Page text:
Thursday, 17 February 2011

SharePoint 2010 Silverlight Web Part JavaScript Bridge

SharePoint 2010 Silverlight Web Part JavaScript Bridge

This template contains base classes and scripts enabling Silverlight web parts (and ASP.Net web parts) to be created enabling client-side interaction with other Silverlight Web Parts. A JavaScript file is injected into the page automatically and allows Web Parts to register themselves for interaction with the bridge. If only Silverlight to Silverlight communication is required, local messaging could be used as an alternative mechanism, however this technique allows interaction from both Silverlight and ASP.Net web parts which is more flexible for SharePoint applications.  A Web Part using the base classes has the following properties required for JS Bridge connection:

  • JSClientID - Used to pass the JavaScript Bridge ClientID from the SharePoint UI to the Web Part. JSClientID is a simple identifier for components connecting to the JS Bridge.
  • JSClientSourceID - Used to pass the JavaScript Bridge ClientSourceID from the SharePoint UI to the Web Part. JSClientSourceID indicates to the JS Bridge where a components connection is sourced.
  • JSUniqueClientID - JSClientSourceID indicates to the JS Bridge the real ID of the component on the page. It is derived from the WebParts’s ClientID with an ‘SL’ suffix.
Registering Clients
When a JS Bridge Web Part loads, it registers itself with the JS Bridge using the registerClient method, this allows the bridge to locate the WebPart on the page and lets it know where to route data.

The package can be deployed straight to a local SharePoint 2010 server from Visual Studio 2010. The feature should appear in the default site collection features list:

To test the functionality, simply place 2 instances of the demo web part on a page. The demo web part is designed so one instance can talk to another instance of itself but normally different web parts would talk to each other.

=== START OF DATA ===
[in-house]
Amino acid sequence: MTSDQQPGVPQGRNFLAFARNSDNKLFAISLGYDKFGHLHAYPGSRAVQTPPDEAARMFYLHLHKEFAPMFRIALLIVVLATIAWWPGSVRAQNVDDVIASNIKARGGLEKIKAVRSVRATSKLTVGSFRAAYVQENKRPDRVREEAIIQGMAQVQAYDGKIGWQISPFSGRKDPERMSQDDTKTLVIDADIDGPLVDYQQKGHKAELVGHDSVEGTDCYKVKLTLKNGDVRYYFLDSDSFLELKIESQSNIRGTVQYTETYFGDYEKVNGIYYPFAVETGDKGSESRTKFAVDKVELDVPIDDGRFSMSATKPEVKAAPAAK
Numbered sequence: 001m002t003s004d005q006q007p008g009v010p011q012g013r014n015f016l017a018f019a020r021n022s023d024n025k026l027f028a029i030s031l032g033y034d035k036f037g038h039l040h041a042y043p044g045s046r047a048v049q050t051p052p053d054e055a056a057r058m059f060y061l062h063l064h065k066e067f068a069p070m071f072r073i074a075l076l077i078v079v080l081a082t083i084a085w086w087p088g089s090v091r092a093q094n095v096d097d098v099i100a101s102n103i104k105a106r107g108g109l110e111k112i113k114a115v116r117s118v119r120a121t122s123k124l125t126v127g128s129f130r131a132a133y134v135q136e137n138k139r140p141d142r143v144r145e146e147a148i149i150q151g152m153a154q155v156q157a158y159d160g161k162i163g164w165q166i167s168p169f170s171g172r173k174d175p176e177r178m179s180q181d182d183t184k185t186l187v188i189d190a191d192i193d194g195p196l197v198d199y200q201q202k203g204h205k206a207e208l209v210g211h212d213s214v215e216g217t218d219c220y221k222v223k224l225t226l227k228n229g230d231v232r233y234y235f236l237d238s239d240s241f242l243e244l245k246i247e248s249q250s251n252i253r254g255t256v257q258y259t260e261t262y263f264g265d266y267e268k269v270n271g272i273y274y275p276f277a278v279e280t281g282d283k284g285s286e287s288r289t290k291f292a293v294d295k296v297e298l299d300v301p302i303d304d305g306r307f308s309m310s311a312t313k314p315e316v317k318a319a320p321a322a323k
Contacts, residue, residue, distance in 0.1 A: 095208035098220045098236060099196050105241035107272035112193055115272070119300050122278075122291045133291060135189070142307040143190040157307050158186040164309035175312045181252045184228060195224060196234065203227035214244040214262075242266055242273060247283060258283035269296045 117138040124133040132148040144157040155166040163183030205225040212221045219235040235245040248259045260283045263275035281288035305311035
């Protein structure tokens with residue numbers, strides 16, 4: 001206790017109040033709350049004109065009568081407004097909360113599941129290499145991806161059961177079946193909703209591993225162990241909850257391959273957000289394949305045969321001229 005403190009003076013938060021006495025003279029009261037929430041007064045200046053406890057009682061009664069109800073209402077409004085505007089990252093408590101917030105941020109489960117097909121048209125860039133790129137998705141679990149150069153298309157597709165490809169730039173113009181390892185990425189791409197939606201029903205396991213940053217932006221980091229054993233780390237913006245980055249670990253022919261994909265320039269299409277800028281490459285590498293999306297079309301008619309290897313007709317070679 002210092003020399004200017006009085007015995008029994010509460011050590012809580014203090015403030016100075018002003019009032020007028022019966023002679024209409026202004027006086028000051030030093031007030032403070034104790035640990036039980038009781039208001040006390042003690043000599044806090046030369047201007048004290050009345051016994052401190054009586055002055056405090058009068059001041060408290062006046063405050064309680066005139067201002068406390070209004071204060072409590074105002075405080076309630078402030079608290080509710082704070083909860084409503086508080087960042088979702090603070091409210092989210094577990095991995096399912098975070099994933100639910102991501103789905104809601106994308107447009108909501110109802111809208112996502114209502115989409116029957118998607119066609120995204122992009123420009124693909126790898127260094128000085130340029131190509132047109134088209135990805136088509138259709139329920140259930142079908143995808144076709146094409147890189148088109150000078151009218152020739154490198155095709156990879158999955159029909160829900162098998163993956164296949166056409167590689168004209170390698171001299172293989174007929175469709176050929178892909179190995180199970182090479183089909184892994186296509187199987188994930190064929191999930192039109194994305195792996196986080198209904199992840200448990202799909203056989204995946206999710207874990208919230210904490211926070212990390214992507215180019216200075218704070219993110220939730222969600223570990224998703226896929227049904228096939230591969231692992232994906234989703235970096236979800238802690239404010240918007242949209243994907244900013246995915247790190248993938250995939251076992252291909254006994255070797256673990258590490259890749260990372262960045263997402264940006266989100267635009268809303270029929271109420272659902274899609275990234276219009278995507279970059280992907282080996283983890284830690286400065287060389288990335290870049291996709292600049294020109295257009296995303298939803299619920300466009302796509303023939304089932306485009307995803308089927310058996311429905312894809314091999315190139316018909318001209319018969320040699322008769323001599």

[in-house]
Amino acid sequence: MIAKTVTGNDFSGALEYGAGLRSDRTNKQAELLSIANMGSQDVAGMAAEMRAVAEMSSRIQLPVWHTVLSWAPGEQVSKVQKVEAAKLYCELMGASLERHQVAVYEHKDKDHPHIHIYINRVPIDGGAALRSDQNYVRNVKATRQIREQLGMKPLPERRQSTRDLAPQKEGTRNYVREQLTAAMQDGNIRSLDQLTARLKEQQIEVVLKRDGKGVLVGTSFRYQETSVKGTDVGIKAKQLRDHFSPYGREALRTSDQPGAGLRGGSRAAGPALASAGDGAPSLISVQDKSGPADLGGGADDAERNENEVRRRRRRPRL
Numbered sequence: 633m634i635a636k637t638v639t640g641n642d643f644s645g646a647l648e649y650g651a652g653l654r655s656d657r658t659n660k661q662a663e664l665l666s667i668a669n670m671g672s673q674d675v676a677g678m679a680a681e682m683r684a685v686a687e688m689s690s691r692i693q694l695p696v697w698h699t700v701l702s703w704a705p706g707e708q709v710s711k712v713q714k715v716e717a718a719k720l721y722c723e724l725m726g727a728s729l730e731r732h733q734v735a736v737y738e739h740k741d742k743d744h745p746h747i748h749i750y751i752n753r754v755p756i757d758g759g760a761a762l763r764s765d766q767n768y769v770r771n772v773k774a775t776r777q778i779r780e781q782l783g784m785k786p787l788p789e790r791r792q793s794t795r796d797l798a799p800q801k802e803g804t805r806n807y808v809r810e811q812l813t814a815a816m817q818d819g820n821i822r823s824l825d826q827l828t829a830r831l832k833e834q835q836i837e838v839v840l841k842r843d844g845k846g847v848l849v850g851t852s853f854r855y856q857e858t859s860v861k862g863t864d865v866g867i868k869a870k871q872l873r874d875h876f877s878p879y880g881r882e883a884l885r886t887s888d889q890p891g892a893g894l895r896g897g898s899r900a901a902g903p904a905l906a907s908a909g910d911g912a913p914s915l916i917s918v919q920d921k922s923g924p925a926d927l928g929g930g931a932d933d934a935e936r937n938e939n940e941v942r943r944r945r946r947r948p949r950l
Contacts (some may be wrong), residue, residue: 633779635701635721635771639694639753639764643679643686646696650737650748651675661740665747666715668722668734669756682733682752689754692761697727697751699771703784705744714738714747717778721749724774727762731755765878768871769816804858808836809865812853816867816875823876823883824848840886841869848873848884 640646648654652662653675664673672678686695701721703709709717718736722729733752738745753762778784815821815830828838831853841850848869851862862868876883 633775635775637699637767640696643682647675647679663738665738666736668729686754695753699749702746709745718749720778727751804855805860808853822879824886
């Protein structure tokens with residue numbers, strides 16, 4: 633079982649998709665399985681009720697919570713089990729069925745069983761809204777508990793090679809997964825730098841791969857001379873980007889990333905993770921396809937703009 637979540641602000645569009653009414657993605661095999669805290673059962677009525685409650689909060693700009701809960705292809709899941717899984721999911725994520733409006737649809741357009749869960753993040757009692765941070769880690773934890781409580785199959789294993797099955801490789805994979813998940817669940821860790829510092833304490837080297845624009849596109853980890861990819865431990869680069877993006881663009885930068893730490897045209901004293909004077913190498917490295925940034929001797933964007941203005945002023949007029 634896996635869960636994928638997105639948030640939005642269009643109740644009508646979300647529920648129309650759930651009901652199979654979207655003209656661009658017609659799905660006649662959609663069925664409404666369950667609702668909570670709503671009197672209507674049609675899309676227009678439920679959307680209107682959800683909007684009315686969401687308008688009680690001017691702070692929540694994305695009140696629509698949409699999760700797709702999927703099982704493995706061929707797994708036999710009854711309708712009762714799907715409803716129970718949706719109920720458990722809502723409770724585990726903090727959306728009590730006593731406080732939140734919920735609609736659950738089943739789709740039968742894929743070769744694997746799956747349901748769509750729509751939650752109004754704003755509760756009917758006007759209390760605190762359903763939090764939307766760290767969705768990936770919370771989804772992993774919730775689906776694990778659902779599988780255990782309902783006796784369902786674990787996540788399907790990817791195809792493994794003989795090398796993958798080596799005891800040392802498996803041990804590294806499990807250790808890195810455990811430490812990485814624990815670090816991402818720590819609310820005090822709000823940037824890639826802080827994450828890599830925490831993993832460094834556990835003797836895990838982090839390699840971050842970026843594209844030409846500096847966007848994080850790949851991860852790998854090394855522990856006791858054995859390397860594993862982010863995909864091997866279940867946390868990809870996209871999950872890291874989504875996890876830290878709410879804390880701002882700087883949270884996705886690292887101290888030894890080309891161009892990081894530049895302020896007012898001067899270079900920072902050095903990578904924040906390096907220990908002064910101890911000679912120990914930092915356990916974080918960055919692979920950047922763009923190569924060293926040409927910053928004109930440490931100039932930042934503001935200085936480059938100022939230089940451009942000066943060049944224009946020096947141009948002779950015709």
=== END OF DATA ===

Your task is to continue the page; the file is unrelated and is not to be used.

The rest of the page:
The first web part can be configured as follows:

    The second web part can be configured as follows:

    Using the Silverlight UserControlBase Class
    Obviously the contents of the base class can be copied to a user control, but to implement it as a base for a user control the following steps must be taken:

    Application Manifest
    The ‘ExternalCallersFromCrossDomain’ attribute must be set to ‘ScriptableOnly’ to allow applications hosted on a different site to the SharePoint site (cross-domain) to access the DOM; otherwise the JSBridge will not work. This can be a security risk particularly for public facing sites, so it's best to host the XAP in SharePoint.

    <Deployment xmlns=""
            ExternalCallersFromCrossDomain="ScriptableOnly" >

    The following attribute must be included in the AssemblyInfo file so that the UserControlBase can be implemented. The ‘System.Windows.Markup’ namespace needs referencing for this.

    [assembly: XmlnsDefinition("", "WebberCross.JavaScriptBridge.SilverlightApplication11")]

    Calling  JSBridgeSend
    The example shows how an object can easily be JSON serialized then sent to the JS Bridge where it will be multi-cast to all registered web parts with a matching JavaScriptClintSourceID

    // Send a message to the bridge
    DemoMessage msg = new DemoMessage("Hello from Silverlight Application", base._jsClientID.ToString());
    string jsonMsg = JSONHelper.Serialize(msg);

    Overriding JSBridgeReceive
    The example shows how to override the 'JSBridgeReceive' method to deserialize the sent object:

    // Override base JSBridgeReceive method
    public override void JSBridgeReceive(string arg)
            // Deserialize message
            DemoMessage msg = JSONHelper.Deserialize<DemoMessage>(arg);

            // Write message to label
            this.lbl3.Text = string.Format("{0}, from JSBridge Client {1}", msg.Message, msg.JSClientID);
        catch (Exception ex)

    The JavaScript Bridge is a great way of enabling Silverlight web parts to interact with each other in the browser, it also allows Silverlight web parts to be communicated with from a web page. The base classes provide a quick way of getting standard behavior in sets of web parts.

    Wednesday, 9 February 2011

    Silverlight 4 Toolkit Chart Zoom and Pan Extension

    Silverlight 4 Toolkit Chart Zoom and Pan Extension

    • Utilises existing toolkit without modification
    • Zoom box functionality
    • Mouse wheel zoom functionality
    • Pan functionality
    • Scroll Functionality
    • X Span functionality
    I've been working on a project which uses the Silverlight 4 Toolkit chart control. The control is great, however there is no real zoom functionality which is a problem.

    Here is an example given where the charts template is moidified to provide a ScrollViewer wrapper for the chart panel which allows you to zoom the whole chart and scroll around it:

    [DataVisualization -> Zoom]

    The big problem with this is that the axes are scrolled with the chart surface, which is not the desired effect.

    I thought about this for a while and came up with a solution without modifying the source.

    It was clear that the problem stemmed from the fact that the axes were not independent of the plot surface, but this could be easily solved by using a grid with 3 plot surfaces to hold the main plot surface and X and Y axes: